Google is presently working on a way to let users on some Chromebook devices use their laptop’s camera to scan documents. That’s based on a recently spotted change to the Chromium Gerrit, adding a flag in support of the feature.
Now, the new flag does not actually add the feature to the devices in question. Instead, it’s a flag setting that’s engineered to check if the hardware is compatible with the feature. And it’s also worth noting that the code making the scan of documents possible isn’t actually a part of the primary Chromebook camera app code. Instead, its enabled via the DLC framework. So it’s not going to work on every Chromebook.
However, the gist of the new feature is straightforward. It’s going to first check that the camera supports it, then enable it, and then it should work similarly to document scanning features on smartphones. Enhancing edges and text as well as any graphics that might be included on the document.
How will Google determine which Chromebooks get to scan documents?
Of course, there aren’t any indicators regarding which Chromebooks the search giant will add these features for. But it stands to reason that a requisite will be that the Chromebook needs a camera that isn’t just forward facing. Otherwise, users wouldn’t be able to see what they’re trying to scan.
Most Chrome OS gadgets, even the best among the bunch, only pack a single webcam. But some others also feature a world-facing camera. That’s enabled by the companies either putting the camera directly on the back of the Chromebook. Such as might be the case with most Chrome OS tablets and detachables. Or via a keyboard mounted camera that’s activated manually or when the device is placed in tablet orientation.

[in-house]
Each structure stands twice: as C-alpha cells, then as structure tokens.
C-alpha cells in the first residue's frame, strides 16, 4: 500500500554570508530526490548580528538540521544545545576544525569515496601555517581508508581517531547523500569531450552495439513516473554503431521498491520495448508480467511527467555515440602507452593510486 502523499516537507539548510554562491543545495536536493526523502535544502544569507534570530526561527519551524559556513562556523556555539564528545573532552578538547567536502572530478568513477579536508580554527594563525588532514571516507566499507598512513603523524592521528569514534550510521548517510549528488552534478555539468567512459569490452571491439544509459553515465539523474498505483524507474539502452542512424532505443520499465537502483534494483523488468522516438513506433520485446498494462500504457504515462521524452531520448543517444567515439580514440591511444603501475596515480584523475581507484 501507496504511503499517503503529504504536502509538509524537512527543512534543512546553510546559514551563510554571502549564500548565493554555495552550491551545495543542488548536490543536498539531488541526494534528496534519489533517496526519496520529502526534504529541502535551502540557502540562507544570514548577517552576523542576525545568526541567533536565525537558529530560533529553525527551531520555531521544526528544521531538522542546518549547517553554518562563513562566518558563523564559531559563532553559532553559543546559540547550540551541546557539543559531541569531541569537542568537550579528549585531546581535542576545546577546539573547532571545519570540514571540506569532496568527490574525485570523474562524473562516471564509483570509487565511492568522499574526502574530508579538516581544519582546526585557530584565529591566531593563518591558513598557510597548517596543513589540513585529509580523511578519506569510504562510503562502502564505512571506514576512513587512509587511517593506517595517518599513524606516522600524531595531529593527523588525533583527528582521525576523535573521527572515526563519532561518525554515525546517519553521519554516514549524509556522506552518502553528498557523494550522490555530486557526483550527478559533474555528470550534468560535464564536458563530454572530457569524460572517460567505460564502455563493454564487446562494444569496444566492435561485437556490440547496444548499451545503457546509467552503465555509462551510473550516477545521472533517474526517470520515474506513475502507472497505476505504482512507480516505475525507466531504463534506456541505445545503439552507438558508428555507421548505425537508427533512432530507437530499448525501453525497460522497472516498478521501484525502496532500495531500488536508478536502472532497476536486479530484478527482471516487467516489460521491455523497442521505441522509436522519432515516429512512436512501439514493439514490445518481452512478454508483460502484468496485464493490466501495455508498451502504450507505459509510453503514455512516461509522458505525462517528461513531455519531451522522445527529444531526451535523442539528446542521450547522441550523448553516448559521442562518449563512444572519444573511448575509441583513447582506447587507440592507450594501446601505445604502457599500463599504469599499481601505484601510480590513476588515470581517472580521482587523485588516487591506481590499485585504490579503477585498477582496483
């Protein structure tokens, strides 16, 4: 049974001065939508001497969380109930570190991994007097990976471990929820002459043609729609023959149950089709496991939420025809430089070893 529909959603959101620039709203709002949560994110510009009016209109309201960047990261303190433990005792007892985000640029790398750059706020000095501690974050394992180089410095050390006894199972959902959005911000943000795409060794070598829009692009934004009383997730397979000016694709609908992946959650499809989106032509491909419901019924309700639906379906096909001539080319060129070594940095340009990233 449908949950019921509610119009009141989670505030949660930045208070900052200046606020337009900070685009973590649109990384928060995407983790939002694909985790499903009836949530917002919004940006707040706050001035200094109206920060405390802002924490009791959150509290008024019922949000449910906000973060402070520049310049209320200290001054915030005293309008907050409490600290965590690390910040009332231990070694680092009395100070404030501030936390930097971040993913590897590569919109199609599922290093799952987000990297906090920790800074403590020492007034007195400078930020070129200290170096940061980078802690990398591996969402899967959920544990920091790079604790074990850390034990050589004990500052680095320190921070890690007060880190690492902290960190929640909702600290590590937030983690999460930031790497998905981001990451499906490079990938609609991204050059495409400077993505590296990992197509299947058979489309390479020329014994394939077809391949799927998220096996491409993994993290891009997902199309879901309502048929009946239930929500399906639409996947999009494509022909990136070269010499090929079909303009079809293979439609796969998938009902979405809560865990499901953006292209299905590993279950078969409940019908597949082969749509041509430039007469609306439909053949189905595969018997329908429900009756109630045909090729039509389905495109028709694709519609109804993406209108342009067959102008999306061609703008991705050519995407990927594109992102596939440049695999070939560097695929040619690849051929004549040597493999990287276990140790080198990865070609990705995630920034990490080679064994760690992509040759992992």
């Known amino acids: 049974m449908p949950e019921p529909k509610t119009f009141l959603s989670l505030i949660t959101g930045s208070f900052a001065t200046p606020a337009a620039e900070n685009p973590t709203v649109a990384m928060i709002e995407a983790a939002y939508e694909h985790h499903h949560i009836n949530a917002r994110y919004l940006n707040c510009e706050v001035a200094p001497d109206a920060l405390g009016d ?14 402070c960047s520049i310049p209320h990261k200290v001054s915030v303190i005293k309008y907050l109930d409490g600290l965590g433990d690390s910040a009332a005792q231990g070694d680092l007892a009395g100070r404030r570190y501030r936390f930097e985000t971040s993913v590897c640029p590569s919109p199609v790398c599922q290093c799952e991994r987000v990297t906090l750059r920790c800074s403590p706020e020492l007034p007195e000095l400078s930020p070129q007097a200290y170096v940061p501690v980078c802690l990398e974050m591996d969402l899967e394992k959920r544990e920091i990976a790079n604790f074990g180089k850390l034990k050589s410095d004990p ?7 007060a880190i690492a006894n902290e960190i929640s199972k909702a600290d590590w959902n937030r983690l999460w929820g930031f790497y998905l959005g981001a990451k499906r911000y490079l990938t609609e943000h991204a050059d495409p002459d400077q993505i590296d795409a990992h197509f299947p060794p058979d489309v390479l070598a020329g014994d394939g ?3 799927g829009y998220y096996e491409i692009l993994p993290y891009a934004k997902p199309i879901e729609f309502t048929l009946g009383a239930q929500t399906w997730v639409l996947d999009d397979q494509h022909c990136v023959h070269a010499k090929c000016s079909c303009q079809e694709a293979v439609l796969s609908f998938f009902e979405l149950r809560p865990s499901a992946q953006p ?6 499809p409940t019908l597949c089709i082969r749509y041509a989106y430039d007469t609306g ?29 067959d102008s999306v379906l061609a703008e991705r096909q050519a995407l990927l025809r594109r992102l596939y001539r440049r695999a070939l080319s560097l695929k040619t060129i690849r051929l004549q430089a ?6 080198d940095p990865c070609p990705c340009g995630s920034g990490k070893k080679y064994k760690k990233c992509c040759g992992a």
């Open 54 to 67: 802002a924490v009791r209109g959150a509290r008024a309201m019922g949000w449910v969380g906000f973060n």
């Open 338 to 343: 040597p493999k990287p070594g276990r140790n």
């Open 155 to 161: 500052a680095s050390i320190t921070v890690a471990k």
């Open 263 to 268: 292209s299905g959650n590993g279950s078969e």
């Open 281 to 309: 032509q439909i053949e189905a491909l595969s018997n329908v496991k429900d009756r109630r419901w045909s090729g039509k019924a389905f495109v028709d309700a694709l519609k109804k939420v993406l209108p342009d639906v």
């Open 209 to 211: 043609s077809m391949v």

But, in any case, because of how the feature appears to be preparing for implementation, Google does appear to plan on restricting its use. At least officially.
When is this coming?
In the interim, there’s not necessarily any indicator when this feature will become available either. The source notes that it isn’t readily available in Expert mode and doesn’t appear to be active in the Chrome Canary Channel either.
The feature freeze for Chrome OS 93 has already happened, as of June 17. And the freeze for Chrome 94 is July 29. So there’s a small chance it will make an appearance in that version of Chrome, starting with the experimental Canary Channel. If it does, there’s also a chance it will land on the Stable Channel in that version. Chrome OS 94 is slated for October 14. Or it could arrive in any subsequent updates, on compatible devices.
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